Fresh Cup Magazine | How-To Handbook | July 2019

Page 26

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By Caitlinkin Peter

POINT-OF-SALE SYSTEMS How to Be Inclusive with Your Payment Methods 26 ] JULY 2019 » HOW-TO HANDBOOK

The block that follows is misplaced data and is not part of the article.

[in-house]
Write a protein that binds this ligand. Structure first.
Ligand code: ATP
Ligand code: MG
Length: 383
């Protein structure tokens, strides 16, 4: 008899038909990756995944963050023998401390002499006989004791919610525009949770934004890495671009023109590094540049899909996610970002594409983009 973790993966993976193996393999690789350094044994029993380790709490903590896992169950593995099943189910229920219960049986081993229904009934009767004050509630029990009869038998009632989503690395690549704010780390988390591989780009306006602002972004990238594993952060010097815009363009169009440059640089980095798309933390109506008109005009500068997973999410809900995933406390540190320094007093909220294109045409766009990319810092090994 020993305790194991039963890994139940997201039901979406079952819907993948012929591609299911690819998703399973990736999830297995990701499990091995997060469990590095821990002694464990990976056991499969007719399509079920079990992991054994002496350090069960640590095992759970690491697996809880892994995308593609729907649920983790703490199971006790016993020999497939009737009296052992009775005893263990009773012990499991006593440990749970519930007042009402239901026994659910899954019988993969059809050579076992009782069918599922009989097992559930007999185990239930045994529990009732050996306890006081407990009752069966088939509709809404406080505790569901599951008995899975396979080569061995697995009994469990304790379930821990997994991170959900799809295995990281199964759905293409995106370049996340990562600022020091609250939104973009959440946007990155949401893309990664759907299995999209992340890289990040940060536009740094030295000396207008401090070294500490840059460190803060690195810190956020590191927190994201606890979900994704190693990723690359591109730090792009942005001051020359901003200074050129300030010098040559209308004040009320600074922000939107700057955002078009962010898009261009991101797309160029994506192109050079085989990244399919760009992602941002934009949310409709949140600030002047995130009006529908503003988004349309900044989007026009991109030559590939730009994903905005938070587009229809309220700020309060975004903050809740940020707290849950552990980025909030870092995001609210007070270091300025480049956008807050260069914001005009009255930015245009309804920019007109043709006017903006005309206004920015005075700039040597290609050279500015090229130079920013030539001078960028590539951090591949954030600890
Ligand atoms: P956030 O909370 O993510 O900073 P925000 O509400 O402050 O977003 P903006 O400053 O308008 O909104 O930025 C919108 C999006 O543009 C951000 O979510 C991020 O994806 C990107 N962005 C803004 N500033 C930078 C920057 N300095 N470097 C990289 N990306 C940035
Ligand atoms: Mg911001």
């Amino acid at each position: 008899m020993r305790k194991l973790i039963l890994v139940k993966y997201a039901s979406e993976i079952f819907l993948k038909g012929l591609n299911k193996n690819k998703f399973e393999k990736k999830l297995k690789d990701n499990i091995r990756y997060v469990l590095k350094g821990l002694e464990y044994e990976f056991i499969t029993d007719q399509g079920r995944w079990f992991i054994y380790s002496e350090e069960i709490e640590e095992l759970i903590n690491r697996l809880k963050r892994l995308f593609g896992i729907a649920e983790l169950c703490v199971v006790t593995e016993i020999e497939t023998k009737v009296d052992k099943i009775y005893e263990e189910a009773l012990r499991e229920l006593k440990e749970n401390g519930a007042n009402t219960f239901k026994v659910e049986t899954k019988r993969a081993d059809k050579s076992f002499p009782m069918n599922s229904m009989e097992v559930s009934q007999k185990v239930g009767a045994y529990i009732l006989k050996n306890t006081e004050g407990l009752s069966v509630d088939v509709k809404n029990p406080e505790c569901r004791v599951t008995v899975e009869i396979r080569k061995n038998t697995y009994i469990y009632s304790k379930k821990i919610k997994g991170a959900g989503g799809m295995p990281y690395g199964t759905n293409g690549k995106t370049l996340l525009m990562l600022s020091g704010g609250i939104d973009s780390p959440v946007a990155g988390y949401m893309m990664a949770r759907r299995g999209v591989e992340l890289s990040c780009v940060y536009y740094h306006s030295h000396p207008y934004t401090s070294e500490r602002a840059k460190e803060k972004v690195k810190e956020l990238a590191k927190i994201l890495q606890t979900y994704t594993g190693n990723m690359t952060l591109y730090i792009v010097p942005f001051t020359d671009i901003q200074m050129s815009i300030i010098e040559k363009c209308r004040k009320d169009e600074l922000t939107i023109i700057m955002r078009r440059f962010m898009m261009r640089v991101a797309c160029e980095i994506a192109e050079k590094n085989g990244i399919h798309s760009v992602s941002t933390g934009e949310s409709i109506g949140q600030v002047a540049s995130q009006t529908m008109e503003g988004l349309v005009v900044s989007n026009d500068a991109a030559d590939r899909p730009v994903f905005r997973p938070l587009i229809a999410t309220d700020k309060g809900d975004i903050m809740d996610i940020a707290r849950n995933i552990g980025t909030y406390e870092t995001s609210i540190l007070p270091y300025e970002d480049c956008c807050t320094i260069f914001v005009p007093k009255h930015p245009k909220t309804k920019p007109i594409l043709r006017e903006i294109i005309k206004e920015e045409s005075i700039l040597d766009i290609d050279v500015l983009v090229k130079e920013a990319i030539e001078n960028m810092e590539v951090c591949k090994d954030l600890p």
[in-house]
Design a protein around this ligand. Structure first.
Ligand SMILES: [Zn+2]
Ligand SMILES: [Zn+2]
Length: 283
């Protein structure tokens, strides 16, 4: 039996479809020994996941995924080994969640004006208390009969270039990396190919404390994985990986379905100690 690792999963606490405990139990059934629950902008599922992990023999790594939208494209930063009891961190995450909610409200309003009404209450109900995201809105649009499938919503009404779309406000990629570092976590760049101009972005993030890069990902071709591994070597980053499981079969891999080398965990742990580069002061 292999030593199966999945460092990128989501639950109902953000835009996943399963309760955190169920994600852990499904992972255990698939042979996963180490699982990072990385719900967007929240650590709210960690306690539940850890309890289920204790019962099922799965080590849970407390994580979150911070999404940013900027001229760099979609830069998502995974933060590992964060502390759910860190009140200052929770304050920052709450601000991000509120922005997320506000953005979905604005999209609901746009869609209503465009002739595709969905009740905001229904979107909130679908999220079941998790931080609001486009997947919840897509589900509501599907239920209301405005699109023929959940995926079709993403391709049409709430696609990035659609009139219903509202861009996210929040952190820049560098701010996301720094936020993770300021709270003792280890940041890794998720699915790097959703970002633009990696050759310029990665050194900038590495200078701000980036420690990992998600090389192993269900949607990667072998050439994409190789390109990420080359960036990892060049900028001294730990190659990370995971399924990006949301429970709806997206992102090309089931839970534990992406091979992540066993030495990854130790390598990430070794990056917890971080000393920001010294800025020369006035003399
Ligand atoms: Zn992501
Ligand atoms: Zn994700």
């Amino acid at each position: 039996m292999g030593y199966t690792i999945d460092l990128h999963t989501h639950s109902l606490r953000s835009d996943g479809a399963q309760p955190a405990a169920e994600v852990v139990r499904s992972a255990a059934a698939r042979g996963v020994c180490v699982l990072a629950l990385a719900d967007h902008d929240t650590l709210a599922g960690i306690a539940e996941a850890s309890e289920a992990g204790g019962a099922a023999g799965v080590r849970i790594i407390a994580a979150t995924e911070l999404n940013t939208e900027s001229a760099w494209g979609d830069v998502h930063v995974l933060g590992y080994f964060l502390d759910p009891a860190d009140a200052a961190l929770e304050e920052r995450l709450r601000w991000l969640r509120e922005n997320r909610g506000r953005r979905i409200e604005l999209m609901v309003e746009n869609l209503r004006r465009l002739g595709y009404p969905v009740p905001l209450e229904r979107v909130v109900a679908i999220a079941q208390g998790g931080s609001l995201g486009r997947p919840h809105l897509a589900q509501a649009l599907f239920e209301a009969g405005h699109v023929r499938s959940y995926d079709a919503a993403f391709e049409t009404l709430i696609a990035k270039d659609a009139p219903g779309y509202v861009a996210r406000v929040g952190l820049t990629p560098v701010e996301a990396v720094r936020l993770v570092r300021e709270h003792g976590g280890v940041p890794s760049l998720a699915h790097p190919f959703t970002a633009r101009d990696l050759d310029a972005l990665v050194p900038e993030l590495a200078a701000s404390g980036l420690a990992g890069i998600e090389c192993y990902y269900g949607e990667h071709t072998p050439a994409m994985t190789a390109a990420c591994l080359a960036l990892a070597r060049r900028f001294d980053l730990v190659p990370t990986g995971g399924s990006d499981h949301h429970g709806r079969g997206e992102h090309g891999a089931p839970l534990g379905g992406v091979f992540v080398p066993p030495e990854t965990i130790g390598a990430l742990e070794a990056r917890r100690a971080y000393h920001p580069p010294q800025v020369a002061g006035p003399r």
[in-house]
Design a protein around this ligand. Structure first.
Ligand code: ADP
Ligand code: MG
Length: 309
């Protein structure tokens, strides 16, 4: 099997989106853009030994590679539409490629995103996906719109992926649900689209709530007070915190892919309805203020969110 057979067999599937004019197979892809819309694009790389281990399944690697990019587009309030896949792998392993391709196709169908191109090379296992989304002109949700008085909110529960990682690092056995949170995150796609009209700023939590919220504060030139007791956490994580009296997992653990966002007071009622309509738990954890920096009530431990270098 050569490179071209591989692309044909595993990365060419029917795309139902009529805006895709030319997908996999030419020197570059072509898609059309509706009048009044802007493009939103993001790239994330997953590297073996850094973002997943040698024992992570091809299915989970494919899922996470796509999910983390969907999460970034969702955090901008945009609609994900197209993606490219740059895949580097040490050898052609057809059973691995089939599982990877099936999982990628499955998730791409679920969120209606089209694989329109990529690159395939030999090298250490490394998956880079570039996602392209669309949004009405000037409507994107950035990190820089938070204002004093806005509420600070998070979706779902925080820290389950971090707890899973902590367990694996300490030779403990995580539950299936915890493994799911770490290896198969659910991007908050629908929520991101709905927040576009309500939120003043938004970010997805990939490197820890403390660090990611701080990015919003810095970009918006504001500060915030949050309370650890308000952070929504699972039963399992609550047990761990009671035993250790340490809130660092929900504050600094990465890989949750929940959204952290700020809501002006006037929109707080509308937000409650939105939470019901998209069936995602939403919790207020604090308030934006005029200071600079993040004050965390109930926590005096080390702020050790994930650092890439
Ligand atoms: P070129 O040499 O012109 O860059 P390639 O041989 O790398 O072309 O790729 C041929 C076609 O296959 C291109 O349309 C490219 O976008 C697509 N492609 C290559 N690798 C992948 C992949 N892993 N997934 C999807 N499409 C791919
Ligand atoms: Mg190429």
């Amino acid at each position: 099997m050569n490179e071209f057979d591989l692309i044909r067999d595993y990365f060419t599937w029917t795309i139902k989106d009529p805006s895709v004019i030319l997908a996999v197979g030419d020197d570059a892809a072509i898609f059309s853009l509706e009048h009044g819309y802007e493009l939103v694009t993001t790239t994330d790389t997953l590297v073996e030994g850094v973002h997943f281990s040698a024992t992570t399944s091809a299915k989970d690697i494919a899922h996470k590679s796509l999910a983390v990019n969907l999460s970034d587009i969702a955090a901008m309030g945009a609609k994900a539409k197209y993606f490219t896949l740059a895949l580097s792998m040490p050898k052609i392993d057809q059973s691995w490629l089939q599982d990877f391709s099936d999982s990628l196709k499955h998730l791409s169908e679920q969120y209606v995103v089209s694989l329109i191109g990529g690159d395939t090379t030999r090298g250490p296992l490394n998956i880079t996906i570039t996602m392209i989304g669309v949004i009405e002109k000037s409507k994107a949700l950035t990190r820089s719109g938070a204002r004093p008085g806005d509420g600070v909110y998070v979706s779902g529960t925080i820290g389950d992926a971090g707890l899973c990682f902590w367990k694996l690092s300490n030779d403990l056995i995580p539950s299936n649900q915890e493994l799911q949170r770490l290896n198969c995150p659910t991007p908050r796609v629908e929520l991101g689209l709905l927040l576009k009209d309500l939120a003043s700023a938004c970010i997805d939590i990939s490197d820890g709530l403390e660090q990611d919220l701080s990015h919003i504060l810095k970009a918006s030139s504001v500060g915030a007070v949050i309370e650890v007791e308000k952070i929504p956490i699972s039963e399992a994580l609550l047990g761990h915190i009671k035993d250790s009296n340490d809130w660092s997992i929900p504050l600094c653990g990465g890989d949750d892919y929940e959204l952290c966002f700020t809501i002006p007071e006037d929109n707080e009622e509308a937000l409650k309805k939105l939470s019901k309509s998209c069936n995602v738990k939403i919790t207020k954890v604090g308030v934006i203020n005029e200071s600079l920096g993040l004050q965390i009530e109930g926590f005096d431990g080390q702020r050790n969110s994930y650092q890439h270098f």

he hospitality industry in the 21st century has witnessed a host of technological innovations that have drastically impacted production and efficiency. From automated espresso machines and soda dispensers to self-checkout stands and mobile payment apps, these developments aim to improve customer satisfaction while decreasing transaction times. Recently, there has been a rise in businesses going cashless; restaurants, cafés, and grocery stores across the country are opting to not accept physical currency, but rather only card and mobile payment apps like Apple Pay or Venmo. In 2016, Bluestone Lane Coffee famously adopted a cashless policy, citing increased checkout speed and enhanced store operations. “In a café, you really can see one of the compelling cases for cashlessness,” says Bill Maurer, director of the Institute for Money, Technology and Financial Inclusion at the University of California, Irvine. “It moves people through the line quickly, and if that’s what your business is about—getting people’s order and getting them served, moving them down the line to get to the next customer to increase your quota and your volume—then cashlessness is proved appealing.” The latest data from Pew Research Center shows that three in 10 Americans make no purchases using cash during a typical week. And with point-of-sale systems like Square, Clover, and Toast, business owners can easily manage their customer database, track and analyze customers’ purchasing habits, and incentivize customers with loyalty programs and birthday rewards. As consumer behavior continues to skew towards plastic and digital means of payment, combined with streamlined POS systems, it’s easy to see the appeal of a cashless business. However, while there are no federal laws requiring stores to accept cash, many municipalities, including San Francisco, Philadelphia, New Jersey, and Massachusetts, have passed legislation prohibiting businesses to go cashless. “Some states are worried about [going cashless] because you start to set up the conditions for discriminating against people based on income, based on whether or not they have a bank account,” says Maurer. According to a 2017 survey by the Federal Deposit Insurance Corporation, 8.4 million U.S. households are unbanked, meaning they do not have a checking or savings account, with unbanked rates for black and Hispanic households substantially above the national average. Additionally, approximately two-thirds of unbanked households predominantly paid bills using cash in 2017. There are many reasons why people may be unbanked, including not having identification, a